sunblock based on nanoparticles

Scientists have formulated a sunblock based on nanoparticles that remain on the surface of the skin.


Although a sunblock protects a person from sunburn and skin cancer, the safety of commercially available sunblock products has been a concern due to the possibility of chemical ingredients being absorbed through the skin and causing health problems.

A group of researchers from Yale University have produced a safer sunblock based on a technology using nanoparticles, which are microscopic materials measuring a mere one-billionth of a meter. These were used to encapsulate ultraviolet (UV) filters to formulate a water-based sunblock that effectively adheres to the skin without accumulating in hair follicles or penetrating the skin.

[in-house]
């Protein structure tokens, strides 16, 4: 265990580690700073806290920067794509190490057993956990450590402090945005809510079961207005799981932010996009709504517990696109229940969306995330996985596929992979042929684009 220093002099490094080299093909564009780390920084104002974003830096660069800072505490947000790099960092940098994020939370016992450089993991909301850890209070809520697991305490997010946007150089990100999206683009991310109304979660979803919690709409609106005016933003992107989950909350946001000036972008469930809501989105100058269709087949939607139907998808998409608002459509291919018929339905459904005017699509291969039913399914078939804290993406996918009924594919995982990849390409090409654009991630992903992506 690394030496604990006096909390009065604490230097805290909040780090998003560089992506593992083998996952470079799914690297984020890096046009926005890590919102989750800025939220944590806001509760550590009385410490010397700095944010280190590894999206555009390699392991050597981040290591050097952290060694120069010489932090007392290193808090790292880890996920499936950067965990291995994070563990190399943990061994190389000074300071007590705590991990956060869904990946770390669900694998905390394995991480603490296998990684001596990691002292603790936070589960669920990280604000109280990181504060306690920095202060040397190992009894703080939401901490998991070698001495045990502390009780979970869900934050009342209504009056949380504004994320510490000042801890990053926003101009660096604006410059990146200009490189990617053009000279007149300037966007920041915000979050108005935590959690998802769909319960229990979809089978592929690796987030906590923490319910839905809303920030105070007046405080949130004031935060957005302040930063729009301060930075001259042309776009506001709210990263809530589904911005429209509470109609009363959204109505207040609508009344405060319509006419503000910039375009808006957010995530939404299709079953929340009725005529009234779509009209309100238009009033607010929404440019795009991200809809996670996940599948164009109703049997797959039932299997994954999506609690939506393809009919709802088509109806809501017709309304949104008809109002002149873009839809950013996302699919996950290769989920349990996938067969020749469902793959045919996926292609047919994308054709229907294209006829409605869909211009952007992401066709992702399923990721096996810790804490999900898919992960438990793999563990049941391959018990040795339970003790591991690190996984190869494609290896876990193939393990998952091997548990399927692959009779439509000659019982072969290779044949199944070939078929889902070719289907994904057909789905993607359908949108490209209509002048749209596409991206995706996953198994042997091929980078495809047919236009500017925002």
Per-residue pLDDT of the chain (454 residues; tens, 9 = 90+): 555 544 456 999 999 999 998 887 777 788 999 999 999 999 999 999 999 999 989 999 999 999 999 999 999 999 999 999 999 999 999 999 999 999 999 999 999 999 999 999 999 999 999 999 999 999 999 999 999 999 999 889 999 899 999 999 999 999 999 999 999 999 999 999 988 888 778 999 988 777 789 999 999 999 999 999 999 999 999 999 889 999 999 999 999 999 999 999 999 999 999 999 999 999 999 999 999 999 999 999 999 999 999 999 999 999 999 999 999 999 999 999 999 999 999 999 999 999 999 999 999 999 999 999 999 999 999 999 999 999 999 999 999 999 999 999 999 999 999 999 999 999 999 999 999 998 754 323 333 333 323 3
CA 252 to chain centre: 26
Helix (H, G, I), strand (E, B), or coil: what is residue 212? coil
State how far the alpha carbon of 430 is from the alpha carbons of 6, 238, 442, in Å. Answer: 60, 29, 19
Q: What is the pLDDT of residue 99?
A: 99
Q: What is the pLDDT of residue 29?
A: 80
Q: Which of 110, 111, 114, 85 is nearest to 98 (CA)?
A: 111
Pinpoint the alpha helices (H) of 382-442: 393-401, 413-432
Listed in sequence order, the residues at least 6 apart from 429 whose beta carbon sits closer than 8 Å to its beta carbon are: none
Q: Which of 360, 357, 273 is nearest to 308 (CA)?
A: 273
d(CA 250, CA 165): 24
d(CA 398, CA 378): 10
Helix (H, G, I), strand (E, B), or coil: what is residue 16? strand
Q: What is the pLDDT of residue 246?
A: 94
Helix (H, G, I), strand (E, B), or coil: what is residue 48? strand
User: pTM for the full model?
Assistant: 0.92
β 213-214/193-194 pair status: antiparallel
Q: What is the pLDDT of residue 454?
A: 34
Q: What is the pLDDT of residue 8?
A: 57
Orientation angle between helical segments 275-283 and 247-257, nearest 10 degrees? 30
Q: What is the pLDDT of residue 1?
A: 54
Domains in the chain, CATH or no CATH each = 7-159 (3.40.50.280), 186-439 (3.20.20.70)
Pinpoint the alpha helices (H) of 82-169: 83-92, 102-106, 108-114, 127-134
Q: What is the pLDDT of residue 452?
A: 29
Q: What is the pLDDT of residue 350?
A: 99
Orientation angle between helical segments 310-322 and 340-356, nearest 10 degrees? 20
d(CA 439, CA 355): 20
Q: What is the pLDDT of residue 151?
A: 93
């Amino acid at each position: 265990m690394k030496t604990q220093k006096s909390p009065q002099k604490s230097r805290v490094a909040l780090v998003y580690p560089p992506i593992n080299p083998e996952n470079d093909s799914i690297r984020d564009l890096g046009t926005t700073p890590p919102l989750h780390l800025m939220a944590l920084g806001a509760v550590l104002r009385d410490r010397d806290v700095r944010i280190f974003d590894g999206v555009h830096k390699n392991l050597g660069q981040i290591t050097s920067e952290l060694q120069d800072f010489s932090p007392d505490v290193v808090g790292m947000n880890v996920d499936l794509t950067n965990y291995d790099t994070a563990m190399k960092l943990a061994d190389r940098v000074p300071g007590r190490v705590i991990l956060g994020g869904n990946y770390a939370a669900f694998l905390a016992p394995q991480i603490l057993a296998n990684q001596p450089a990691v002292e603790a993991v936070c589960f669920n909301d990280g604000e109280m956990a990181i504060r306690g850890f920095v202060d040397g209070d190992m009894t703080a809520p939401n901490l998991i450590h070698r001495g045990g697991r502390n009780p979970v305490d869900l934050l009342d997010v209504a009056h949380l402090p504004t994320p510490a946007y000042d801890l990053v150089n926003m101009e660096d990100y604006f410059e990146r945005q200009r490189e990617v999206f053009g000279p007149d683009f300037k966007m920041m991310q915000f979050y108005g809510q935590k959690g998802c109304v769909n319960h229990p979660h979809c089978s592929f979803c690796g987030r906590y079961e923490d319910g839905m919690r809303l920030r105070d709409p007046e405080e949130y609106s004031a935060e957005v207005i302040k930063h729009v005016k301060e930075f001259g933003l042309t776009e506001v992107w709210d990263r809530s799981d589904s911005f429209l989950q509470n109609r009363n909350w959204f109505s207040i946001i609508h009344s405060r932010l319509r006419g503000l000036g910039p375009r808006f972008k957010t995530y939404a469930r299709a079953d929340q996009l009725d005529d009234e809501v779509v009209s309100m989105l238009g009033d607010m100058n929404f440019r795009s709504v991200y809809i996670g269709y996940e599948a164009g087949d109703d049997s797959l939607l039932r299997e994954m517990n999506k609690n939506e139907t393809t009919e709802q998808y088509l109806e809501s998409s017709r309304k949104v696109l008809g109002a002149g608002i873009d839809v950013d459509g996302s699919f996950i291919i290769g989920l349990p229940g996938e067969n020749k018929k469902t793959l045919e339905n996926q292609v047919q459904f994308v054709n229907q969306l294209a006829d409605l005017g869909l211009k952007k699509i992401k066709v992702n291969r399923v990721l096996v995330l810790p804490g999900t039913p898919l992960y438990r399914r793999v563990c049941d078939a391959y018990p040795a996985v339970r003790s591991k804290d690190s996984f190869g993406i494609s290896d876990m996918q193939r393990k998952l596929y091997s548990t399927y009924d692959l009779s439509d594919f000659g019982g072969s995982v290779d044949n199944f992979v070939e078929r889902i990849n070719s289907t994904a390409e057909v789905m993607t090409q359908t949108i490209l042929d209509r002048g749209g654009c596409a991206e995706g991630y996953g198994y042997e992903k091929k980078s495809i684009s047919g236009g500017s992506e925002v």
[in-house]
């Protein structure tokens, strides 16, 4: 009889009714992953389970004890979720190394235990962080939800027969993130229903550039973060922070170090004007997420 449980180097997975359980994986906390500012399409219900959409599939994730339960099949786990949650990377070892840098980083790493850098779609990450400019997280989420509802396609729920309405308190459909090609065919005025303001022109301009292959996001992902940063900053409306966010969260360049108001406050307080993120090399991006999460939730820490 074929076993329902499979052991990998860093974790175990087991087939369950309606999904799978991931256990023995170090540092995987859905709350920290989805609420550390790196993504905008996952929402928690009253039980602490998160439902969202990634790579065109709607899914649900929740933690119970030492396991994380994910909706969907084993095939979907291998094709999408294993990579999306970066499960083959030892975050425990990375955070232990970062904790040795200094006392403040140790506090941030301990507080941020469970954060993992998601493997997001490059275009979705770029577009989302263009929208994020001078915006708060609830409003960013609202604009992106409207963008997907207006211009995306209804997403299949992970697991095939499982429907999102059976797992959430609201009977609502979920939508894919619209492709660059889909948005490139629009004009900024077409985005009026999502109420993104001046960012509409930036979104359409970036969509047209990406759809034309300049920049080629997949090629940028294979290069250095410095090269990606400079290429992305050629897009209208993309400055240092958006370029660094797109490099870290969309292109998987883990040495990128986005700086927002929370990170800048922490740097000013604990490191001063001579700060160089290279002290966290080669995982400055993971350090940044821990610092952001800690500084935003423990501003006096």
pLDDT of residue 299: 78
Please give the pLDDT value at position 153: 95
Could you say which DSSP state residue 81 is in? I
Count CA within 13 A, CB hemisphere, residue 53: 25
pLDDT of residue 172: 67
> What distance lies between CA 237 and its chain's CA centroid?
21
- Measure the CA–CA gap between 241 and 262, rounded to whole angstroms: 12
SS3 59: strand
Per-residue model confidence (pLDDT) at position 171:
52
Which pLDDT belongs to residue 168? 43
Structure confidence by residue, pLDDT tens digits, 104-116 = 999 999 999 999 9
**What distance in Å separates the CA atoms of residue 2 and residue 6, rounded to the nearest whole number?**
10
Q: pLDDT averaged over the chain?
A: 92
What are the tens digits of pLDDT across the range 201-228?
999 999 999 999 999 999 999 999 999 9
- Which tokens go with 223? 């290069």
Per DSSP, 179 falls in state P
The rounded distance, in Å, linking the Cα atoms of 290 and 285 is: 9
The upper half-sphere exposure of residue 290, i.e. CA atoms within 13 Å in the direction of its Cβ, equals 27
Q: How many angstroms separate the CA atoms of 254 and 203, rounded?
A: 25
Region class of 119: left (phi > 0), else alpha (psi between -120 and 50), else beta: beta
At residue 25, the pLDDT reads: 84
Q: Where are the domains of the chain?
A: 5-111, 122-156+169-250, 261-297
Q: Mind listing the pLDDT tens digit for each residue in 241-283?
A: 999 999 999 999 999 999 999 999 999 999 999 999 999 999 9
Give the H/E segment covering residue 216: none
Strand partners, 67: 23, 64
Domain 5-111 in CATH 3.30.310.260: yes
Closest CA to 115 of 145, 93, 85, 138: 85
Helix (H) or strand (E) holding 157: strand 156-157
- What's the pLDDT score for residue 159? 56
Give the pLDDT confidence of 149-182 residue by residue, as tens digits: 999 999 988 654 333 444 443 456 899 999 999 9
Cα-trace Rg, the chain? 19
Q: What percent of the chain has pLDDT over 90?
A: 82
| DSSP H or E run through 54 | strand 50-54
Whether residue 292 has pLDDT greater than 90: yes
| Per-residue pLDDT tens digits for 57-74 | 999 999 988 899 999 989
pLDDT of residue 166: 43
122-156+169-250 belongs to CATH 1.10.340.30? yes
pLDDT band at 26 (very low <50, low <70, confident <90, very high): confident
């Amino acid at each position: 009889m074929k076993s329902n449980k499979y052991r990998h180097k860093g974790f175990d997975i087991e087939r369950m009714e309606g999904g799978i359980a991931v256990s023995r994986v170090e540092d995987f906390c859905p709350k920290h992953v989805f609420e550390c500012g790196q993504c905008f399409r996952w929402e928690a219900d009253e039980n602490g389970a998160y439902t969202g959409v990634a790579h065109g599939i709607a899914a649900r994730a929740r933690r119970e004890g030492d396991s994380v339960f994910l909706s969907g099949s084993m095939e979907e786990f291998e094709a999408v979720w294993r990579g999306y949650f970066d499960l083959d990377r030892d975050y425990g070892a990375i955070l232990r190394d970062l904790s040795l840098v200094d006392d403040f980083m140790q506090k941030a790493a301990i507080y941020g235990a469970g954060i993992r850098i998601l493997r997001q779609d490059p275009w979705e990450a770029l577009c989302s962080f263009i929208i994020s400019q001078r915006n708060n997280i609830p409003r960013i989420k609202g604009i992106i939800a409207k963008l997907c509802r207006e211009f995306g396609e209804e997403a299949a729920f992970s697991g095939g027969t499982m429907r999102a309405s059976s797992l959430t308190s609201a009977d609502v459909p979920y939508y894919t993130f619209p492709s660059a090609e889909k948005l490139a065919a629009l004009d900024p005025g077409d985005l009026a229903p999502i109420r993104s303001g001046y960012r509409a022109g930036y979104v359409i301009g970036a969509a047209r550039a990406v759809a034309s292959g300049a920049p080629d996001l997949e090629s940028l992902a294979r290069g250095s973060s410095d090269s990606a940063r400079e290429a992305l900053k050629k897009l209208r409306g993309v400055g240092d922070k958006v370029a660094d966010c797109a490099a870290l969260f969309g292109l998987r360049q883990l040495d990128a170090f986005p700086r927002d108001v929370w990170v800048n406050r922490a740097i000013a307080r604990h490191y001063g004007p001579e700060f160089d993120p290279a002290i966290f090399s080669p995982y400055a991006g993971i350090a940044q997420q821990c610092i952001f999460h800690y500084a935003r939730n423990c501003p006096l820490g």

In animal experiments, the nanoparticle-based sunblock proved to be as effective in preventing skin damage from UV rays compared to commercial sunblock products. This sunblock can easily be removed by wiping with a towel or through natural exfoliation of the outer skin layer. The formulation is stable at human body temperature and in the presence of sweat. Moreover, the study showed that the nanoparticle-based sunblock is safe and non-toxic, with no adverse effects observed after repeated skin application.

By using nanotechnology, this study produced a safe and effective sunblock that not only protects the skin from UV damage but also prevents absorption of potentially hazardous sunblock chemical ingredients into the body.



Deng Y, Ediriwickrema A, Yan F, Lewis J, Girardi M, Saltzman WM. A sunblock based on bioadhesive nanoparticles. Nature Materials. Published online 28 September 2015; doi:10.1038/NMAT4422






Written by Ana Victoria Pilar, PhD



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